Lent

 

LentPilgrim is the Church of England's Lent campaign for 2019. Drawing on The Beatitudes, it invites us to explore the unexpected and often challenging vision Jesus sets out in this crucial part of his teachings.

One of the joys of our being Called Together is discovering how communities across the diocese are living out their calling with creativity.

Lent is a good time to celebrate and reflect on those dimensions of our life together which seldom reach the limelight and which fit better with the counter-intuitive world of the Beatitudes than with management mantras about success and outcomes.

The following stories and examples from parish life in Rochester Diocese are offered as a complement to the national Church of England’s #LentPilgrim initiative.

The reflections have been written by the Rev Helen Burn, vicar of St. Justus Church in Rochester.

 

DAYS 1 TO 5

BLESSED ARE THE POOR IN SPIRIT, FOR THEIRS IS THE KINGDOM OF HEAVEN

Marion's Story

One of the features of our contemporary hyper-connected modes of living is the pressure to maintain a high level of intensity in our living: more experiences, greater intensity in our relationships.

This is not wrong in itself, but there is a subtle temptation to pursue similar ends in our life together as church. More response, more commitment, more visible manifestations of the Holy Spirit, more…

It would be easy to cast around for examples of ‘the poor in spirit’ and identify those living with dementia as exemplifying this quality.

But perhaps the poverty of spirit is ours, and it is those who seem to be stripped of the riches of fast cognitive processing who give us a glimpse of the kingdom of heaven.

Our poverty of spirit can manifest itself as dis-ease in the presence of those whose memories are failing. How would it feel to see those living with dementia as very close to the kingdom?

In Luke’s story of Simon the Pharisee and the woman who anoints Jesus’ feet, it becomes apparent that those who feel they have no needs are in fact those who are poor in terms of love and grace. Being radically dependent on others is a deeply human place to find ourselves, as we will all one day discover for ourselves. It is also a deeply holy place.

Julia Burton-Jones, Dementia Specialist Project Officer working within the Mission and Community Engagement team of the Diocese, has built up a network of Dementia Friends across the parishes.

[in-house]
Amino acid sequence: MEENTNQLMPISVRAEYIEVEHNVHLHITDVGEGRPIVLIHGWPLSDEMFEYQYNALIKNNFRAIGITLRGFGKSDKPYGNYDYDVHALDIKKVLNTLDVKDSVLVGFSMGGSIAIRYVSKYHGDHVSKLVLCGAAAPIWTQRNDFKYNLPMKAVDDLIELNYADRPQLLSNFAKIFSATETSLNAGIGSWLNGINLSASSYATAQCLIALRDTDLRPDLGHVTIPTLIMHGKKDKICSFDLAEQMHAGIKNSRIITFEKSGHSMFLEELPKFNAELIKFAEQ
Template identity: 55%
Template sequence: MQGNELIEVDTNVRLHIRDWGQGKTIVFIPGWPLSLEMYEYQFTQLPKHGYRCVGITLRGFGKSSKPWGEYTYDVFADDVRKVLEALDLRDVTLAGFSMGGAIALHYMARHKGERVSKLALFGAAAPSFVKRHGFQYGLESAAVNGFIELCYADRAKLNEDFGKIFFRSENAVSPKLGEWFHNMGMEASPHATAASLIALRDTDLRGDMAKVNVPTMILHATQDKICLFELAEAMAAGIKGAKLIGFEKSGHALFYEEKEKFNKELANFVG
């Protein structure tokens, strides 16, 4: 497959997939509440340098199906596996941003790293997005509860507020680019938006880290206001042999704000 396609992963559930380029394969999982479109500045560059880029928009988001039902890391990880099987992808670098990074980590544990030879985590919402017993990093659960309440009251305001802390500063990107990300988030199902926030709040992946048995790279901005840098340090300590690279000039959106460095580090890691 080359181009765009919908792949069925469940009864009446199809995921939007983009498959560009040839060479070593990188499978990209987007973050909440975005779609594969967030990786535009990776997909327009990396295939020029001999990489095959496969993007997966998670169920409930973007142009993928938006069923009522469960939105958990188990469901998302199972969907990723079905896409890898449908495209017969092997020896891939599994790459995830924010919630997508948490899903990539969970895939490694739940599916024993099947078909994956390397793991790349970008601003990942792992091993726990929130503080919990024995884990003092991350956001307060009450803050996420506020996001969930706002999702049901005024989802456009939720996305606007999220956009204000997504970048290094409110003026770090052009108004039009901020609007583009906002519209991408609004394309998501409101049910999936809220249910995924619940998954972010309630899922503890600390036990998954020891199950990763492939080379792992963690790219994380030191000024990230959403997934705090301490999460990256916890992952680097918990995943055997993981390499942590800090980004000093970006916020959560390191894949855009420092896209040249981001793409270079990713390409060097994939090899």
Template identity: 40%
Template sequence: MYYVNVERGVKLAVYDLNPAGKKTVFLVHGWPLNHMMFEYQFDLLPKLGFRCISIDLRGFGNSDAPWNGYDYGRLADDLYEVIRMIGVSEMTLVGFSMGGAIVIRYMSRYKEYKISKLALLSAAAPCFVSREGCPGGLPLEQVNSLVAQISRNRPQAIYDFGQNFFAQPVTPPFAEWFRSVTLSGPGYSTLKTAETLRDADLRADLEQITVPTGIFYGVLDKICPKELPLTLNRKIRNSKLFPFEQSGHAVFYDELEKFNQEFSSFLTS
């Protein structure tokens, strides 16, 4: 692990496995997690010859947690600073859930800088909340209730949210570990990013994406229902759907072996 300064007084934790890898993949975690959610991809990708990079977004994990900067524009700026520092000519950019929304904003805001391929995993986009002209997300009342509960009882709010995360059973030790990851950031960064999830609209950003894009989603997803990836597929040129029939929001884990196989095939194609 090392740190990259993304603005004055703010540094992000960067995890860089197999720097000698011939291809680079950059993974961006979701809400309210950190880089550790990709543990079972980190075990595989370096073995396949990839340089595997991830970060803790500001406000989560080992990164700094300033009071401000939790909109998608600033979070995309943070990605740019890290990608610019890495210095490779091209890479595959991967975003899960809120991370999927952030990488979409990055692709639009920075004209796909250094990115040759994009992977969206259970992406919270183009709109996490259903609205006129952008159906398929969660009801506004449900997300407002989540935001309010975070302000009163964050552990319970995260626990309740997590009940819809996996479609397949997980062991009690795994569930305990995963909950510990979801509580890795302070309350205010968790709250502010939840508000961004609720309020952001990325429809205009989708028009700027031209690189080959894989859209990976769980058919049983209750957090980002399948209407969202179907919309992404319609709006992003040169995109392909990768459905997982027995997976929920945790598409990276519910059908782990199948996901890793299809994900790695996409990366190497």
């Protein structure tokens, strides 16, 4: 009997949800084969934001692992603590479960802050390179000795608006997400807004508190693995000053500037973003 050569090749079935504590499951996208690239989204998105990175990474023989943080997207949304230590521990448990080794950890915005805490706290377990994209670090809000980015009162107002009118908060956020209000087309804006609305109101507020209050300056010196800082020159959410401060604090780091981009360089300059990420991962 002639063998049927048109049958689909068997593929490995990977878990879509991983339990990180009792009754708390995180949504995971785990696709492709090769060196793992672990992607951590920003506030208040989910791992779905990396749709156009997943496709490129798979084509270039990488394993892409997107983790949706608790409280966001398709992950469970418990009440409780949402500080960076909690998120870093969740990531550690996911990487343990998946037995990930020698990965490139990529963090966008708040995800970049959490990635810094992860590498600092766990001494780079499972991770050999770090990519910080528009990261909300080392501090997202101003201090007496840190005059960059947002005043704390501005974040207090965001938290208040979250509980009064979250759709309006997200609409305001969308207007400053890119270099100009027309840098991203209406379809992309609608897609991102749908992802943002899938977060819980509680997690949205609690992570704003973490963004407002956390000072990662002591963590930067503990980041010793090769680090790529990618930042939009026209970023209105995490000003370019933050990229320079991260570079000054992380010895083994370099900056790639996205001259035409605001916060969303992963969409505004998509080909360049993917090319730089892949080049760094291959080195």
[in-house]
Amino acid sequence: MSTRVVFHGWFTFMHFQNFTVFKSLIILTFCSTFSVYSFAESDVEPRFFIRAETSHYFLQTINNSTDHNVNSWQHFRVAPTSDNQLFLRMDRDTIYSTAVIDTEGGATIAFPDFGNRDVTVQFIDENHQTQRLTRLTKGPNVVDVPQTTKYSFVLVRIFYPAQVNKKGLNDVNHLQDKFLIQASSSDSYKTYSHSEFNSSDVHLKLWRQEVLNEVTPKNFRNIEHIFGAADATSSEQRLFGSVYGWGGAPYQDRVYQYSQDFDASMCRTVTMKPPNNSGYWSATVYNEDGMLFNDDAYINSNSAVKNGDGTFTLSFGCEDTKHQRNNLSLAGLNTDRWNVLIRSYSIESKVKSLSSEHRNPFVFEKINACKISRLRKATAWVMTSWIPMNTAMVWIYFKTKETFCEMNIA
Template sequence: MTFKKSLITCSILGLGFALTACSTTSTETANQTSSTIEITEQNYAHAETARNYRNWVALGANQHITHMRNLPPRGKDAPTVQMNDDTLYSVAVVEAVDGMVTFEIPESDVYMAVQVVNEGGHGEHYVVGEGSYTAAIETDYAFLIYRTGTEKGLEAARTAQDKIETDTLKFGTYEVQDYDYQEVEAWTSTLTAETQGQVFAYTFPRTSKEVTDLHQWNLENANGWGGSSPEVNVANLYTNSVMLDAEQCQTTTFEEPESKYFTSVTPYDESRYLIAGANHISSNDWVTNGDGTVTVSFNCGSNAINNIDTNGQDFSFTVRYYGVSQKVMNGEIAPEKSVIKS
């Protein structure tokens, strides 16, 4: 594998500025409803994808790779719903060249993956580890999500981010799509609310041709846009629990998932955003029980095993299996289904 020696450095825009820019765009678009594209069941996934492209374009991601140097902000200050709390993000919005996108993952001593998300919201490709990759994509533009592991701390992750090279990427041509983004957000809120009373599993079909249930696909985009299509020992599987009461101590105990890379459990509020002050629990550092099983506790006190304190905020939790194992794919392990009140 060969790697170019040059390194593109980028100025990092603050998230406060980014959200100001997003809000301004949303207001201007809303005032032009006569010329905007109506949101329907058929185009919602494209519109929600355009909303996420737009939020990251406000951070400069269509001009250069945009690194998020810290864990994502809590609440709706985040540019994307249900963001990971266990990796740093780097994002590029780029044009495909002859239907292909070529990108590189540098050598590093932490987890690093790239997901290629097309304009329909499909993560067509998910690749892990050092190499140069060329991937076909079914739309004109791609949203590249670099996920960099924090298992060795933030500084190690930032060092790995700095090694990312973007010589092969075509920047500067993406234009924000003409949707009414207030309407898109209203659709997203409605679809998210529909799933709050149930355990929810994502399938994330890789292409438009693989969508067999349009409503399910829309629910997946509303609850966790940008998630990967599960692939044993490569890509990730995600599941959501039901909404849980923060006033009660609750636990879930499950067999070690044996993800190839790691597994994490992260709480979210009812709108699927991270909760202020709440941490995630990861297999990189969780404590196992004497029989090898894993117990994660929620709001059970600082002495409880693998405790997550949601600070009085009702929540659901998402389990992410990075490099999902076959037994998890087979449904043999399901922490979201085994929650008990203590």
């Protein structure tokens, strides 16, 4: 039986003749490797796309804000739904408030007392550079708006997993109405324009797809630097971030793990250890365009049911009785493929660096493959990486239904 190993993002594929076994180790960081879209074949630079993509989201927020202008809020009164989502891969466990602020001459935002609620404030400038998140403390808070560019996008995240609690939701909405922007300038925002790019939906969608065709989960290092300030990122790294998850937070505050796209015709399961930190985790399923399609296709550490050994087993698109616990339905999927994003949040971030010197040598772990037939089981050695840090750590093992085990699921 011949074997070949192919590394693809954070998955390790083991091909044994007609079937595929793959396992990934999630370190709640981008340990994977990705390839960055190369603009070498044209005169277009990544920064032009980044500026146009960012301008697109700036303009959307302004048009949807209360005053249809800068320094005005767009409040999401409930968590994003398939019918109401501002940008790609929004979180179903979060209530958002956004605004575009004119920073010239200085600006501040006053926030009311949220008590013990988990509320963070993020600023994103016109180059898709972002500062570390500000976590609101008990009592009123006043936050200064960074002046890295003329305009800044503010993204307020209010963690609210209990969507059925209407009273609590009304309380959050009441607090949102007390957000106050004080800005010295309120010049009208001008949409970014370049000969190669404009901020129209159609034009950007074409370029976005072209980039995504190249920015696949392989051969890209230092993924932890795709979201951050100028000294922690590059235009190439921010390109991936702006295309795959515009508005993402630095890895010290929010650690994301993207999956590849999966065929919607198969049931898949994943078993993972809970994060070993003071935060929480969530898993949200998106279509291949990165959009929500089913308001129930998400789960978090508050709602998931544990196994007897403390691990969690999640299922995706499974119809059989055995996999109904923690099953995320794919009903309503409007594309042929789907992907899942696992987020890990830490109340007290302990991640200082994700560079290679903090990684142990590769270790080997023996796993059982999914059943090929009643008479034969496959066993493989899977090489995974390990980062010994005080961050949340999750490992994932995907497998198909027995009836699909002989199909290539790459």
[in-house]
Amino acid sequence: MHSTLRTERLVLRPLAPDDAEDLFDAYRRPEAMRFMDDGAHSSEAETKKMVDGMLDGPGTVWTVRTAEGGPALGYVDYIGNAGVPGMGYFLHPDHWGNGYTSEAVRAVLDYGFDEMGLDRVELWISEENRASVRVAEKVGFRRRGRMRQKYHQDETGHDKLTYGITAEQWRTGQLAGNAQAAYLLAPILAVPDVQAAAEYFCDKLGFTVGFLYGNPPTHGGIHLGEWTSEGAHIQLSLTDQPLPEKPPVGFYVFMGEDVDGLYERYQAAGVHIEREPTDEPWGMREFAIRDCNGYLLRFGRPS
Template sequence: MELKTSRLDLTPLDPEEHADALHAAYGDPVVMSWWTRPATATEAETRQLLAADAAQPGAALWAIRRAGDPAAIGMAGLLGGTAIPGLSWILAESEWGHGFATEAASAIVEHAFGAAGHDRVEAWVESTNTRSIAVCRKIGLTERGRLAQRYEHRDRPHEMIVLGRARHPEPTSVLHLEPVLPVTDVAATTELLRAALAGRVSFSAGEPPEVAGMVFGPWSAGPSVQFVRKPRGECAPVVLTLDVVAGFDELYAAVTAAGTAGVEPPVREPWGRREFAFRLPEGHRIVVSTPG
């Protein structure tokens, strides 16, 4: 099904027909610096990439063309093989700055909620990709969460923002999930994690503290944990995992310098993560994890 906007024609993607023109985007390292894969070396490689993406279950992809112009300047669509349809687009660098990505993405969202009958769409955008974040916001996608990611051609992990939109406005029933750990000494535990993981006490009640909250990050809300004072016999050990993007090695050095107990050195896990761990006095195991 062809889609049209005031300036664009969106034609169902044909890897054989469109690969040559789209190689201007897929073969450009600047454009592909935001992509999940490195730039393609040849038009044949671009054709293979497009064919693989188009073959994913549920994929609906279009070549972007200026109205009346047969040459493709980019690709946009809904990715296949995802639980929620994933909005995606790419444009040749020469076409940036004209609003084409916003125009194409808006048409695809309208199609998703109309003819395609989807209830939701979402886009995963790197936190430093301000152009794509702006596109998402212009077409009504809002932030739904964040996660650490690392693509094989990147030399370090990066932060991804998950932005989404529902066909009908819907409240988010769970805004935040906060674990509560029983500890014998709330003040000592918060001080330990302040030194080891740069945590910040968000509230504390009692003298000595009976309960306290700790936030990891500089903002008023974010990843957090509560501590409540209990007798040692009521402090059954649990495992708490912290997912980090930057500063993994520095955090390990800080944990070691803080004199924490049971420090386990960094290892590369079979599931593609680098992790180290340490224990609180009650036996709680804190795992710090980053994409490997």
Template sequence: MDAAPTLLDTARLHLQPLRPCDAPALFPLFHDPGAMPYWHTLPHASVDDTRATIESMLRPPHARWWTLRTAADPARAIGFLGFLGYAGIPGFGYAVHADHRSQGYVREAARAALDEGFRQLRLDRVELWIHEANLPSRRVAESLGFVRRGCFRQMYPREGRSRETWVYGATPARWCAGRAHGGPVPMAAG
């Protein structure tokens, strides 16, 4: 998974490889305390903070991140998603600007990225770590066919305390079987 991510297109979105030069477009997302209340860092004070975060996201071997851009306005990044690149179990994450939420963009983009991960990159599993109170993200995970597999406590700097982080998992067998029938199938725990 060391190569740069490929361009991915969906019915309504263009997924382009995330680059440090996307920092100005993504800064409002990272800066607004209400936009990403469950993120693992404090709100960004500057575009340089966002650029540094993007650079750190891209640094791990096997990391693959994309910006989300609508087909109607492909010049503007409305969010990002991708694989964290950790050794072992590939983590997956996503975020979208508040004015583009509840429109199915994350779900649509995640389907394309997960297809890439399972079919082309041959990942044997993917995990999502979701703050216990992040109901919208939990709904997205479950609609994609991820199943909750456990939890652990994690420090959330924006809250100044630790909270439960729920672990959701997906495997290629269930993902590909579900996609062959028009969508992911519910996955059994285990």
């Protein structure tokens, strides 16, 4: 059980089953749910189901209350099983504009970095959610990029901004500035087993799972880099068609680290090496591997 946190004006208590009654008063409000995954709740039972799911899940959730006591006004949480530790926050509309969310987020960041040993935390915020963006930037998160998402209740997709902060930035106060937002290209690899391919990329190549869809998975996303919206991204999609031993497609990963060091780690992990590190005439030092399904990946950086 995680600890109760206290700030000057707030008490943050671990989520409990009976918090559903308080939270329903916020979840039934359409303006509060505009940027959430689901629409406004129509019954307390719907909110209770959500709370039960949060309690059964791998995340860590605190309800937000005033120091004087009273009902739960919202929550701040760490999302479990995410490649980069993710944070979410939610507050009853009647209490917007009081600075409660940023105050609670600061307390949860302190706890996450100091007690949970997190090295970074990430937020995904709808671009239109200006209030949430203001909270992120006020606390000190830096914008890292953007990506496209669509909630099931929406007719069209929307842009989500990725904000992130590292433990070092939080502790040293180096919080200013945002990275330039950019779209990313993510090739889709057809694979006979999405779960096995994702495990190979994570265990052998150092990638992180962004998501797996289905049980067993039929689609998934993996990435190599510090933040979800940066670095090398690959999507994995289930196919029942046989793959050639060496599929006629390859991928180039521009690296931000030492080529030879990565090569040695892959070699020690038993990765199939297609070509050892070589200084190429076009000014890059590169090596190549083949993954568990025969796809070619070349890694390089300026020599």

Here Marion Cheel, one of her volunteers, tells a little of her story and how this particular beatitude has been manifest in her experience

 

 

DAYS 6 TO 10

BLESSED ARE THOSE WHO MOURN, FOR THEY SHALL BE COMFORTED

Lisa's story

It sounds paradoxical to the point of cruelty to commend mourning because of the comfort which ensues.

There are many, however, who would testify that the darkness of bereavement can bring its own strange gifts. The church is well placed to stand with those who mourn.

Dave Tomlinson in his book How to Be a Bad Christian describes his confrontation with his own poverty of spirit when he had to go and visit a terminally ill parishioner in his home.

Clumsily, he realised that there was no fixing to be done, no solution to the problem of impending death. What was required was that he simply be with the dying person, a non-anxious presence, neither trying to solve nor to fix.

More than that, he realised that he was not bringing the gift of his pastoral presence, rather receiving the gift of the dying person as they journeyed into a new dimension of simplicity and trust.

Recent research has found that we don’t experience death as often in our modern world.

Almost half of people polled by Dying Matters, a coalition of organisations including hospices, care homes and charities focused on bereavement, said talking about death scared them and 15% thought talking about death might make it happen.

Lisa used to be a teacher, but found God leading her to a new and unexpected ministry, which has changed not just her church activities but also her day job.

Watch her story below.

 

 

DAYS 11 TO 15